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Kebaïli, C., S. Sherpa, M. Guéguen, J. Renaud, D. Rioux, and L. Després. 2023. Comparative genetic and demographic responses to climate change in three peatland butterflies in the Jura massif. Biological Conservation 287: 110332. https://doi.org/10.1016/j.biocon.2023.110332

Climate is a main driver of species distributions, but all species are not equally affected by climate change, and their differential responses to similar climatic constraints might dramatically affect the local species composition. In the context of climate warming, a better knowledge of the ability of dispersal-limited and habitat-specialist species to track climate change at local scale is urgently needed. Comparing the population genetic and demographic impacts of past climate cycles in multiple co-distributed species with similar ecological requirements help predicting the community-scale response to climate warming, but such comparative studies remain rare. Here, we studied the relationship between demographic history and past changes in spatial distribution of three protected peatland butterfly species (Boloria aquilonaris, Coenonympha tullia, Lycaena helle) in the Jura massif (France), using a genomic approach (ddRAD sequencing) and species distribution modeling (SDM). We found a similar and narrow thermal niche among species, and shared demographic histories of post-glacial decline and recent fragmentation of populations. Each species functions as a single metapopulation at the regional scale, with a North-South gradient of decreasing genetic diversity that fits the local dynamics of the ice cover over time. However, we found no correlation between changes in the quantity or the quality of suitable areas and changes in effective population size over time. This suggests that species ranges moved beyond the Jura massif during the less favorable climatic periods, and/or that habitat loss and deterioration are major drivers of the current dramatic decline observed in the three species. Our findings allow better understanding how history events and contemporary dynamics shape local biodiversity, providing valuable knowledge to identify appropriate conservation strategies.

Kolanowska, M., S. Nowak, and A. Rewicz. 2022. Will Greenland be the last refuge for the continental European small-white orchid?Niche modeling of future distribution of Pseudorchis albida. Frontiers in Environmental Science 10. https://doi.org/10.3389/fenvs.2022.912428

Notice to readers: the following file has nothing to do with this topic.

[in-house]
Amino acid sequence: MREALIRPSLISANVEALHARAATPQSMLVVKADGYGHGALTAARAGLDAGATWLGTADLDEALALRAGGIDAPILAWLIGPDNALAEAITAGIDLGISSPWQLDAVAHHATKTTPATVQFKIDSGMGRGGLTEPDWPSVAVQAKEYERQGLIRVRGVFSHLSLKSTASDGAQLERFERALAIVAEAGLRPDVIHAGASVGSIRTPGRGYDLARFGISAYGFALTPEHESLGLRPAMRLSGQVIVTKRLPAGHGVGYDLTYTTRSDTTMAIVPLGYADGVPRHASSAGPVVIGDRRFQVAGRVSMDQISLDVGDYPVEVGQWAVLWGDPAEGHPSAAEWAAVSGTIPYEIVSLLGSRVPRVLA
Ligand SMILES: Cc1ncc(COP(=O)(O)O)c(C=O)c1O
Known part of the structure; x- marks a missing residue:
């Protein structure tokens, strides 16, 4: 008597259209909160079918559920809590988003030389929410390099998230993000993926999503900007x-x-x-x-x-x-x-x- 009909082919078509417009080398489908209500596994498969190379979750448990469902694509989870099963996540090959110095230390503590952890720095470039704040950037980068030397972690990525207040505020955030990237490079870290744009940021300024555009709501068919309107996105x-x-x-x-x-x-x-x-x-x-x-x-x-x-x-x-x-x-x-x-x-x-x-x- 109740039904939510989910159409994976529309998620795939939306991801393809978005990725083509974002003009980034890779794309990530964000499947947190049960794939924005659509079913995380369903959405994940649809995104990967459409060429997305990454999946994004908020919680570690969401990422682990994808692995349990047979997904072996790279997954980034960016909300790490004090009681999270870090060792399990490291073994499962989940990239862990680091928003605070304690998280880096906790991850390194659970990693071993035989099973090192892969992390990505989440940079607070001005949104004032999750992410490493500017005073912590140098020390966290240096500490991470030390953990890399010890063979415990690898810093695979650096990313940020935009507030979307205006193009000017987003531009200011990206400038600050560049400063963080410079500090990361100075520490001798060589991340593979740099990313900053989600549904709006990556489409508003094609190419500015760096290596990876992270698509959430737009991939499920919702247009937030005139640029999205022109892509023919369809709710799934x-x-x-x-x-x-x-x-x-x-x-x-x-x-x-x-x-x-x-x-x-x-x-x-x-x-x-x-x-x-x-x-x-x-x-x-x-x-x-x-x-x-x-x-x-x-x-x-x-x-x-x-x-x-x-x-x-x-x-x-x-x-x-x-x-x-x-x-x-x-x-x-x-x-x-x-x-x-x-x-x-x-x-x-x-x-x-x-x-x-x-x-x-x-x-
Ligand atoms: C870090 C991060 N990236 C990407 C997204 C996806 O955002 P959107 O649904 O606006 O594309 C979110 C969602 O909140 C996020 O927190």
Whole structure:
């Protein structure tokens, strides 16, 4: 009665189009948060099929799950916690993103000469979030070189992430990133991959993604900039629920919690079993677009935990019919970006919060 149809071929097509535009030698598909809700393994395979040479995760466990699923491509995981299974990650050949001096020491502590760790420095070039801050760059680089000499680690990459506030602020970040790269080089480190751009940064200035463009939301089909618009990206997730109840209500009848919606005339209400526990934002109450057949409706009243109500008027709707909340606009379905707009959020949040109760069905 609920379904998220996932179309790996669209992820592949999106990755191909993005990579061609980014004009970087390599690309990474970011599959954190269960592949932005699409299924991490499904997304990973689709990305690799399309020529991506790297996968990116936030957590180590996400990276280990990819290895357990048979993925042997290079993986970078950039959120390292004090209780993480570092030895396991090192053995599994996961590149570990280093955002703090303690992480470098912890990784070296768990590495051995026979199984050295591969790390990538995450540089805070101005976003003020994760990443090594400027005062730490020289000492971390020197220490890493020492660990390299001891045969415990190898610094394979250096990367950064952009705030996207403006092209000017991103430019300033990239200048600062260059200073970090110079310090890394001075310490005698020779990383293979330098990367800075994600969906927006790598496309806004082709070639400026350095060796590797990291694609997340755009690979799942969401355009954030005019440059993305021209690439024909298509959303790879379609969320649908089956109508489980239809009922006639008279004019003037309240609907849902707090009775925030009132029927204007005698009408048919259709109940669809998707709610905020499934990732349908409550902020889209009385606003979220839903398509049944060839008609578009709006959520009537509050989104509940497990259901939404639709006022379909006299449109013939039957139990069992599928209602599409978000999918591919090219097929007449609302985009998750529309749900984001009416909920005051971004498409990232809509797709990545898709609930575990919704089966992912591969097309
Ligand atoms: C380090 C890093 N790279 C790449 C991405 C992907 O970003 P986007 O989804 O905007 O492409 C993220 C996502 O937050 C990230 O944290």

Climate change affects populations of plants, animals, and fungi not only by direct modifications of their climatic niches but also by altering their ecological interactions. In this study, the future distribution of suitable habitats for the small-white orchid (Pseudorchis albida) was predicted using ecological niche modeling. In addition, the effect of global warming on the spatial distribution and availability of the pollen vectors of this species was evaluated. Due to the inconsistency in the taxonomic concepts of Pseudorchis albida, the differences in the climatic preferences of three proposed subspecies were investigated. Due to the overlap of both morphological and ecological characters of ssp. albida and ssp. tricuspis, they are considered to be synonyms, and the final analyses were carried out using ssp. albida s.l. and ssp. straminea. All of the models predict that with global warming, the number of suitable niches for these orchids will increase. This significant increase in preferred habitats is expected to occur in Greenland, but habitat loss in continental Europe will be severe. Within continental Europe, Pseudorchis albida ssp. albida will lose 44%–98% of its suitable niches and P. albida ssp. straminea will lose 46%–91% of its currently available habitats. An opposite effect of global warming was predicted for pollinators of P. albida s.l., and almost all insects studied will be subject to habitat loss. Still, within the predicted potential geographical ranges of the orchid studied, some pollen vectors are expected to occur, and these can support the long-term survival of the small-white orchid.